(1) It may be held that the “natural” and “spiritual” orders of existence occupy different planes of activity, between which there is no possible point of contact. There is much in the exposition of the principles of the Kingdom as given in the Gospels that would suggest this view. Jesus Himself took no part in the political life of His day; He made no attempt to introduce social or economic reforms into the industrial world; He resolutely declined to interfere in personal disputes; and He resisted every effort made by His followers to make Him a Ruler or King. The Apostles followed Him in accepting the political and social life of the Roman Empire as it was; they counselled obedience and submission for conscience’ sake to the powers that were; and while they would occasionally demand a recognition of their legal and civil status, they did so only when their opportunity of following out their chosen task of preaching the Gospel was being unlawfully interfered with by hostile authorities bent on a tyrannical suppression of the new faith.

(2) Or it may be affirmed that the “kingdom of this world” and the heavenly order revealed by Jesus Christ are in hopeless antagonism, and that the latter can come to its own only by the total suppression or conquest of the former. In favour of this hypothesis, it may be pointed out that many sayings of our Lord seem consistent with it. The antithesis which is drawn by Him between the “world” and His “kingdom” is sharp and impressive, especially in the Johannine discourses, and there again He is followed with no faltering tongue by the first Apostles, and especially by St. Paul.

(3) A deeper consideration, however, will show that both these theories must be set aside in favour of the third. Our Lord preached the gospel of the Kingdom in the world that the world might thereby be “saved”; i.e., that it might be permeated and leavened, and transformed by the spiritual forces let loose into it. His purpose in coming was not revolutionary, but evolutionary; in other words, He came not to cast down, but to build up, not to destroy, but to fulfil. The theory that the Christian life is one that is to be lived apart from the secular life has always proved the parent of serious and painful abuses, leading either, on the one hand, to a separation of the Christian community from the rest of mankind, so making it impotent for good, or, on the other, to a schism in the individual life itself, which is the root of all hypocrisies. The only valid and practical theory of spiritual progress is based on the assumption that, while the actual secular course of the world follows ideals and obeys forces that are inconsistent with the principles of the Kingdom, yet the only hope of the world is that it may be slowly but surely permeated with the ideals of the Kingdom of God, and become finally obedient to its spiritual laws.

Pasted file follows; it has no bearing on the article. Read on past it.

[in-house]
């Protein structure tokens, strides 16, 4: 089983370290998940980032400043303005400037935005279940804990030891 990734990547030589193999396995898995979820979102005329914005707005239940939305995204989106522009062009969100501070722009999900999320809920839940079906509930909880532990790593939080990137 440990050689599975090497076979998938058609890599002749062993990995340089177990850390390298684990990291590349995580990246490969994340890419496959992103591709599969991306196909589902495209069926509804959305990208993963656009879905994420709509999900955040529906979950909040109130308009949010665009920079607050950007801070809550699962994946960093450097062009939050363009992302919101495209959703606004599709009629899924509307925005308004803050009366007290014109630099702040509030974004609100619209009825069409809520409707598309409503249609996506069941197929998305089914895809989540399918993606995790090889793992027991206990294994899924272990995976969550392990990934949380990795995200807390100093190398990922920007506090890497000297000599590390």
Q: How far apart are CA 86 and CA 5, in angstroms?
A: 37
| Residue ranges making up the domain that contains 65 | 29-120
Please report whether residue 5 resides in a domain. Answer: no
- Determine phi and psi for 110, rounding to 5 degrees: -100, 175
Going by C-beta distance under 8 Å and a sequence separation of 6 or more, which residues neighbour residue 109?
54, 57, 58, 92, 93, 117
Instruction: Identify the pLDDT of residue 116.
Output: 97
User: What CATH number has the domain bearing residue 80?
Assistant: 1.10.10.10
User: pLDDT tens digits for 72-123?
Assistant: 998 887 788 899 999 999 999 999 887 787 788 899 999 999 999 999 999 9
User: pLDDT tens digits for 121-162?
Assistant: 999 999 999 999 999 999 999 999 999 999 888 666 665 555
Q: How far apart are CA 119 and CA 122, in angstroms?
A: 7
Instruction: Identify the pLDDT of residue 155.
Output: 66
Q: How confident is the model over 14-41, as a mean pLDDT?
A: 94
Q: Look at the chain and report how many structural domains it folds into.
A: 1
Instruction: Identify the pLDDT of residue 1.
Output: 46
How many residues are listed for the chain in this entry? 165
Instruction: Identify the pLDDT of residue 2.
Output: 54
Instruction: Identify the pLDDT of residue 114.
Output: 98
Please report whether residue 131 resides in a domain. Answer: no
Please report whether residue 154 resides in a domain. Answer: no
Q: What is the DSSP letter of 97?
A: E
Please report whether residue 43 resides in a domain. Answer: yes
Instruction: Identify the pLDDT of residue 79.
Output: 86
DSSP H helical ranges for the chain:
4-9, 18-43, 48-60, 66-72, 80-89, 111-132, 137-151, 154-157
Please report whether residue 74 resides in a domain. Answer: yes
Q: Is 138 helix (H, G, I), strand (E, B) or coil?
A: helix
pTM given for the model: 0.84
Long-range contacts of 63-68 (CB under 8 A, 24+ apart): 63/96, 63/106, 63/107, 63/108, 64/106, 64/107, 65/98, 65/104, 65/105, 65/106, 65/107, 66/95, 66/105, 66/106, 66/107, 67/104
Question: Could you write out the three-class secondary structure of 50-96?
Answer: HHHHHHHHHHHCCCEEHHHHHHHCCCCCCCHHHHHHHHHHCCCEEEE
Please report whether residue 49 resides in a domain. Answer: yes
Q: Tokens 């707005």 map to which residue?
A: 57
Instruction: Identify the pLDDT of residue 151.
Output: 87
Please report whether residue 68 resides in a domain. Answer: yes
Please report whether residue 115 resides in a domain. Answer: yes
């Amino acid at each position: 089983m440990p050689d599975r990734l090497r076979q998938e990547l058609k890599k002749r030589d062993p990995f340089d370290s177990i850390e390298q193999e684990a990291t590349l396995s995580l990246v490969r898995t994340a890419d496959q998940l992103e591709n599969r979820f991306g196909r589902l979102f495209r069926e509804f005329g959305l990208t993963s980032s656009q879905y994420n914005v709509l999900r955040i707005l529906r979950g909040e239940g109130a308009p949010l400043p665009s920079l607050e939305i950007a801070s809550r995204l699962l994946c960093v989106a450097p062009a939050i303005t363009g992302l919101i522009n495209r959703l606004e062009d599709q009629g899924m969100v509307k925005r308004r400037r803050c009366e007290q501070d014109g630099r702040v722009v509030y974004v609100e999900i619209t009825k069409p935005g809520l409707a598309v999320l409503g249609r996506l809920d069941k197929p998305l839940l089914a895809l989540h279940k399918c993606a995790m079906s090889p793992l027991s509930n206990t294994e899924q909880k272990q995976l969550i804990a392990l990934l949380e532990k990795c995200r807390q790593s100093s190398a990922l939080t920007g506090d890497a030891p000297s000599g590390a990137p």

3. When the great Lord Shaftesbury grew old, he said that he could not bear to die while there was so much misery in the world still unrelieved; and that is the spirit of the true servant. What are we doing while the chance is ours? Doubtless the insensible advance of righteousness should remind us how large are the spaces in which the Divine purpose is realized. The plan of God’s Kingdom is immense. It may embrace countless worlds besides this little earth; it may include in its wonderful drama unsuspected spirits and intelligences both higher and lower than ourselves. If it takes a myriad years to rise from protoplasm to man, how many will be needed for the coronation of this King! Make your contribution, then, and pass on; add your own mite, whatever it may be, to the treasury of human good; and see that no ironical epitaph of a wasted life is written on your grave. If God’s Kingdom is slow, at least it is already here; it is always coming; now you are in the midst of it, now God is at His work before you, now you are surrounded by the Divine silences and the Divine voices. The goal is far off, but one day it will be attained. The great Sower may seem to sleep, and rise, and go His way, unconscious or indifferent, while we look impatiently or in despair for the ripening corn on the wide fields of human life; but the seed has been sown; He can afford to wait; and the hour will not fail to come when at last the cry goes forth to the listening ear, “Thrust in thy sickle, and reap: for the time is come for thee to reap; for the harvest of the earth is ripe.”